Allows security actions for UIPermission to be applied to code using declarative security. This class cannot be inherited.
Assembly: mscorlib (in mscorlib.dll)
[SerializableAttribute] [AttributeUsageAttribute(AttributeTargets.Assembly|AttributeTargets.Class|AttributeTargets.Struct|AttributeTargets.Constructor|AttributeTargets.Method, AllowMultiple = true, Inherited = false)] [ComVisibleAttribute(true)] public sealed class UIPermissionAttribute : CodeAccessSecurityAttribute
The scope of the declaration that is allowed depends on the SecurityAction that is used.
The security information declared by a security attribute is stored in the metadata of the attribute target and is accessed by the system at run time. Security attributes are used only for declarative security. For imperative security, use the corresponding permission class.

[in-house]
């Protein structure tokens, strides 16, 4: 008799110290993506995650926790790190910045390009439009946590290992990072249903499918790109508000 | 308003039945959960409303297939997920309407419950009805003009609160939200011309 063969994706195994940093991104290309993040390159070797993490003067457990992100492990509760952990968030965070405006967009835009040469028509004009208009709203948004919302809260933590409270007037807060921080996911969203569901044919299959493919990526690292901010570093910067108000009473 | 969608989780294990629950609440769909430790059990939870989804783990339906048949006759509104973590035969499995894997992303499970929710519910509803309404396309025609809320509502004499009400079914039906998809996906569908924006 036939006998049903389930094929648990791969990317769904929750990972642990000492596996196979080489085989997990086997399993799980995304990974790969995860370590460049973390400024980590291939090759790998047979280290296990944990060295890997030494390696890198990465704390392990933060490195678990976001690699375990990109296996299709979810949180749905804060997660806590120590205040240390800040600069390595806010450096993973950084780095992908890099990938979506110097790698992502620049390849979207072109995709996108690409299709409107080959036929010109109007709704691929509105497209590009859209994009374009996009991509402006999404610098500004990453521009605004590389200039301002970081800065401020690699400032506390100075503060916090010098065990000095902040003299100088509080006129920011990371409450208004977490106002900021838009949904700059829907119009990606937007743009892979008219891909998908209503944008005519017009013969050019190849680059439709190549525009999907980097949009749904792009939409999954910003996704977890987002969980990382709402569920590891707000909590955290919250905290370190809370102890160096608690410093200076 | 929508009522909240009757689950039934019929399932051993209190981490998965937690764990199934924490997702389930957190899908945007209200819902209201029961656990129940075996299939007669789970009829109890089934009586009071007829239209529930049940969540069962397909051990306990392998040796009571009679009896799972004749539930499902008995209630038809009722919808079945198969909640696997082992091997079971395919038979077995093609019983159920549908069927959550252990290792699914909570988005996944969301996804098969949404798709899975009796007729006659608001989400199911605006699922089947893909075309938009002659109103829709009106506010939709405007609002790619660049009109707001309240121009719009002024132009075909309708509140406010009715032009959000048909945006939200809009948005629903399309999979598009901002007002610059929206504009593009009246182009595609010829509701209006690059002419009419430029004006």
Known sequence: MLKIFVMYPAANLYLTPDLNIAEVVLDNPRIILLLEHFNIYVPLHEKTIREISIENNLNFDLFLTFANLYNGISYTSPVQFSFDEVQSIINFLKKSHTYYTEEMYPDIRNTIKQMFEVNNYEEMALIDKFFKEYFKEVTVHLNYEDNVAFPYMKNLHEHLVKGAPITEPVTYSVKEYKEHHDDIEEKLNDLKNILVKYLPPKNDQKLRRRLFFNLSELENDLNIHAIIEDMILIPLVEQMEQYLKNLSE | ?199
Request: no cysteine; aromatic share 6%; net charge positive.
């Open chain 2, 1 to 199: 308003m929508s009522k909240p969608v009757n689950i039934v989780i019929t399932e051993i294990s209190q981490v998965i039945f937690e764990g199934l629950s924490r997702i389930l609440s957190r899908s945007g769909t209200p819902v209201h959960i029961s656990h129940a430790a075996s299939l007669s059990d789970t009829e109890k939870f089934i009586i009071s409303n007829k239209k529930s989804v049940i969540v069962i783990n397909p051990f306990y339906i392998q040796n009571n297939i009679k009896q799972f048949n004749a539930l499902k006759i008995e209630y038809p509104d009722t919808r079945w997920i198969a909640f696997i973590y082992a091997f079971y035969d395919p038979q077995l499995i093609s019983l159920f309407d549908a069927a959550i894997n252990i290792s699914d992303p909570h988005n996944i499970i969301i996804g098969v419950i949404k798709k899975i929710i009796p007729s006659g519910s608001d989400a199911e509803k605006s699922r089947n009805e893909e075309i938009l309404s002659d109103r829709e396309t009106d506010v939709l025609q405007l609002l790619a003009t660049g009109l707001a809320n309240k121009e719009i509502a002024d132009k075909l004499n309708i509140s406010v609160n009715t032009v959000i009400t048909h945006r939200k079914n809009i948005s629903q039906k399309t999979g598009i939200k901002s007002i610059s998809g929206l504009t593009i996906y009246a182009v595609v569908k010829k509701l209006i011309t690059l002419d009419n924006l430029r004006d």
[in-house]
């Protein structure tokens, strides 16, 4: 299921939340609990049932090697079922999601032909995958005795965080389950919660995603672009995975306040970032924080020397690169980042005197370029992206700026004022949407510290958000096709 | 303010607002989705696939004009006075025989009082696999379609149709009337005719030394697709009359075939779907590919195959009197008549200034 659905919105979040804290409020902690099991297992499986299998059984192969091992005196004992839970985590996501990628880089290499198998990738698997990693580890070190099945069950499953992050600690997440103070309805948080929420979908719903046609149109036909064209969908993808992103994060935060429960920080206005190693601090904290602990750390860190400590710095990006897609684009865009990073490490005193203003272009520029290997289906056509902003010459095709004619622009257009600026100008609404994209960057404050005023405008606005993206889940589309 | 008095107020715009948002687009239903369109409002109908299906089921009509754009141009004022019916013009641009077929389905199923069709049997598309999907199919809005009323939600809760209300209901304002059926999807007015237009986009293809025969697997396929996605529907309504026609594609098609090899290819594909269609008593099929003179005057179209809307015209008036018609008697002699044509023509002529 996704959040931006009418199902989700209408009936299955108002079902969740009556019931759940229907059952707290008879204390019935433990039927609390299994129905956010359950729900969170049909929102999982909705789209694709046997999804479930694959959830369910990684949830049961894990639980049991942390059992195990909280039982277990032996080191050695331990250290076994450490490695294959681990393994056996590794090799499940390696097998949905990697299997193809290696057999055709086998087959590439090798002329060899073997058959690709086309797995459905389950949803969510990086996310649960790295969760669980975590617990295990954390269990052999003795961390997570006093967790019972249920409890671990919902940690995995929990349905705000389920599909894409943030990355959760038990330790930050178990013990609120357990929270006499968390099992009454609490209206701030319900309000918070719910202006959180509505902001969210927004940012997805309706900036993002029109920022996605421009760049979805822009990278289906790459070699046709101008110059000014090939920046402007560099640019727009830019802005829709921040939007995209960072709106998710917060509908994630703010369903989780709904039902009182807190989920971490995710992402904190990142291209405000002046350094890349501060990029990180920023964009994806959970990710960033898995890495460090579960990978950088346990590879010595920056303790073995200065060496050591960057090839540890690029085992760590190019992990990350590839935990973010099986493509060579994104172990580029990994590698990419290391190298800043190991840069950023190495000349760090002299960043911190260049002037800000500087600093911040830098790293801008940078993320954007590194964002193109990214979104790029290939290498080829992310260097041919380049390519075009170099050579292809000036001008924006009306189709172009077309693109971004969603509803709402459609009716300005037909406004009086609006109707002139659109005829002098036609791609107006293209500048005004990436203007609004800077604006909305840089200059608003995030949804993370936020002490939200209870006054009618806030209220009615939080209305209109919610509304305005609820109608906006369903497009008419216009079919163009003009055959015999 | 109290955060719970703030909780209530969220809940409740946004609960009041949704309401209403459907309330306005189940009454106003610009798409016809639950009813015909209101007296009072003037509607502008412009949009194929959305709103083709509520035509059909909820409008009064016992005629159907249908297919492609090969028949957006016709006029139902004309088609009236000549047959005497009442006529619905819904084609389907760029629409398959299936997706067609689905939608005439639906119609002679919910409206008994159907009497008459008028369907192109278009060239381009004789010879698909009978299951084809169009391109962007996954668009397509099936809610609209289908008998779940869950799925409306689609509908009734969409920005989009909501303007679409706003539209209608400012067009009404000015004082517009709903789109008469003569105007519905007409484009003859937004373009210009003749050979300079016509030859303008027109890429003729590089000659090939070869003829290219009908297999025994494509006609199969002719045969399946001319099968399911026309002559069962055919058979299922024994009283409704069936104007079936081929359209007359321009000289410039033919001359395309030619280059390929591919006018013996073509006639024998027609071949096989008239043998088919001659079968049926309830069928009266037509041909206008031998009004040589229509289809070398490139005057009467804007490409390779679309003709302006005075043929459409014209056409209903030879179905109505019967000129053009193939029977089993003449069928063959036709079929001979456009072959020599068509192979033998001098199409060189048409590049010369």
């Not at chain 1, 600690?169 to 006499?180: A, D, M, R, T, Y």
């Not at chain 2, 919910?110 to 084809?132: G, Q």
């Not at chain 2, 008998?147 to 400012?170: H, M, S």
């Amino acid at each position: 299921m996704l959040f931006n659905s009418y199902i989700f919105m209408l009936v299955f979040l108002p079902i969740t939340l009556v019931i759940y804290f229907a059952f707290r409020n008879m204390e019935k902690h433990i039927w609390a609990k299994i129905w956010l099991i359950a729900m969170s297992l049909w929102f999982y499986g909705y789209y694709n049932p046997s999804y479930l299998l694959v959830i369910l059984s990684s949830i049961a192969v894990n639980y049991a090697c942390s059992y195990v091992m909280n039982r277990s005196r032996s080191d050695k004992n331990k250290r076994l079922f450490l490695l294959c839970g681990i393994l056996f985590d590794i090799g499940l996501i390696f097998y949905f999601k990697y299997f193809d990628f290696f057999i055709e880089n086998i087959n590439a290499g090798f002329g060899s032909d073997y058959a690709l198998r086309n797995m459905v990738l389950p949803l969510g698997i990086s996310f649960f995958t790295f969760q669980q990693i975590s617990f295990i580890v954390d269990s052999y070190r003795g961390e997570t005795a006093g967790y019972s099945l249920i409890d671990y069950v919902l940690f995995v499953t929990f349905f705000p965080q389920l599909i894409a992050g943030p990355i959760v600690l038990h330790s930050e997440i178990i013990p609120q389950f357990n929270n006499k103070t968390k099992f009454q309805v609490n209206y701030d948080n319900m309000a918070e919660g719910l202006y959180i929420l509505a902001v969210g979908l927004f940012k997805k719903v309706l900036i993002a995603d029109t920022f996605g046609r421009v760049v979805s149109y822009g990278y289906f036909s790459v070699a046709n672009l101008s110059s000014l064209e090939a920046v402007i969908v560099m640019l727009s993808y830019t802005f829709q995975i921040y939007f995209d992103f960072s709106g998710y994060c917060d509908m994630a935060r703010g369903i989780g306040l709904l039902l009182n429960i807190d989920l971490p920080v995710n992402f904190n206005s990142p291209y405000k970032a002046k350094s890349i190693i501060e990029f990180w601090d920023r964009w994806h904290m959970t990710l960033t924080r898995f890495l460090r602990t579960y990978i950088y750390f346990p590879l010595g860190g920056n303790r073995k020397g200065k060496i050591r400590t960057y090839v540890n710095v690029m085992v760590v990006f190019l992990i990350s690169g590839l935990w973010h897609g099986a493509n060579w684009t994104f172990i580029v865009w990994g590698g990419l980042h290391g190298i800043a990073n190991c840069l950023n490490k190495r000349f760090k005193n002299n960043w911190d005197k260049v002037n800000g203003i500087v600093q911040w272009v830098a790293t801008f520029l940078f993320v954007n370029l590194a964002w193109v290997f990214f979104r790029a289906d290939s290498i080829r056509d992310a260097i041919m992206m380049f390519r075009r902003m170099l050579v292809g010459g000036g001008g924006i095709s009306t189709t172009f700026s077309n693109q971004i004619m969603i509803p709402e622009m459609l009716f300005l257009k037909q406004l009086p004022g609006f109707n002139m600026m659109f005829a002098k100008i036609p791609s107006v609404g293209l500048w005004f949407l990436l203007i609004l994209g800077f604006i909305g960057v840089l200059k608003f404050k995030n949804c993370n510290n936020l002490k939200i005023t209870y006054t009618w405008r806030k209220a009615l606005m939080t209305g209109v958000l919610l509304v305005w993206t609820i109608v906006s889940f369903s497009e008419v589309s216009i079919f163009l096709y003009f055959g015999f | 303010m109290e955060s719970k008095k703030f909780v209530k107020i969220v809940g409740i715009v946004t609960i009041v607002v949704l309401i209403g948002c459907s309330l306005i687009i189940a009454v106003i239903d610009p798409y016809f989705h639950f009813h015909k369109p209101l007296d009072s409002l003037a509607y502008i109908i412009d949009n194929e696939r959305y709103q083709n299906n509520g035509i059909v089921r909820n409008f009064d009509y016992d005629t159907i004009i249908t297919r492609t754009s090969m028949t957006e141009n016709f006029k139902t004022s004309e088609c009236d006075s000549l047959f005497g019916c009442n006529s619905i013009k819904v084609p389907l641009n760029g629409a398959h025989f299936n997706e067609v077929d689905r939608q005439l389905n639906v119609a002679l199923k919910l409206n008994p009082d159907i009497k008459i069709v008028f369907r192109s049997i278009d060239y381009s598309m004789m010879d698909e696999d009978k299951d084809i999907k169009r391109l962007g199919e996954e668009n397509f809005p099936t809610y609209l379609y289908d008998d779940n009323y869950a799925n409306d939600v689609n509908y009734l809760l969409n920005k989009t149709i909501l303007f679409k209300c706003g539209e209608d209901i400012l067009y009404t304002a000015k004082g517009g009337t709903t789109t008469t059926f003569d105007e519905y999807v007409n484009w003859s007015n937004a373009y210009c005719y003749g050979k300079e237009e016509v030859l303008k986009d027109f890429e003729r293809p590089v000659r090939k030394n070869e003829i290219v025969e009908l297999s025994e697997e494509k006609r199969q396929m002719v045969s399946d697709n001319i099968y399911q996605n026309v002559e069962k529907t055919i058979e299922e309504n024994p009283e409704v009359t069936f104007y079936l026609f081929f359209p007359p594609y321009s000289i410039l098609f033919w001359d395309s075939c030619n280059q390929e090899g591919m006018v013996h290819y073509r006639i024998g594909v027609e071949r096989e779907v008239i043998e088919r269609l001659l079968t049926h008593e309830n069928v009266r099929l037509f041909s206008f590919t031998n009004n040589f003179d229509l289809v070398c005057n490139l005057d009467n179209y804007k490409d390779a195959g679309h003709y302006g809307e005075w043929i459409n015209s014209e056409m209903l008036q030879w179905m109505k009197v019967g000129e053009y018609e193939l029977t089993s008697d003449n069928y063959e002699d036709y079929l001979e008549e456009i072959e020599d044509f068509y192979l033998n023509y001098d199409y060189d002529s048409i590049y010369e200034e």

The following example of a declarative attribute shows the correct way to request UIPermission for the ability to use the clipboard within your own application domain and states that you must have at least this permission to run your code.
The following example shows how to demand that the calling code has UIPermission at link time. Demands are typically made in managed libraries (DLLs) to help protect methods or classes from potentially harmful code.
Windows 7, Windows Vista, Windows XP SP2, Windows XP Media Center Edition, Windows XP Professional x64 Edition, Windows XP Starter Edition, Windows Server 2008 R2, Windows Server 2008, Windows Server 2003, Windows Server 2000 SP4, Windows Millennium Edition, Windows 98
The .NET Framework and .NET Compact Framework do not support all versions of every platform. For a list of the supported versions, see .NET Framework System Requirements.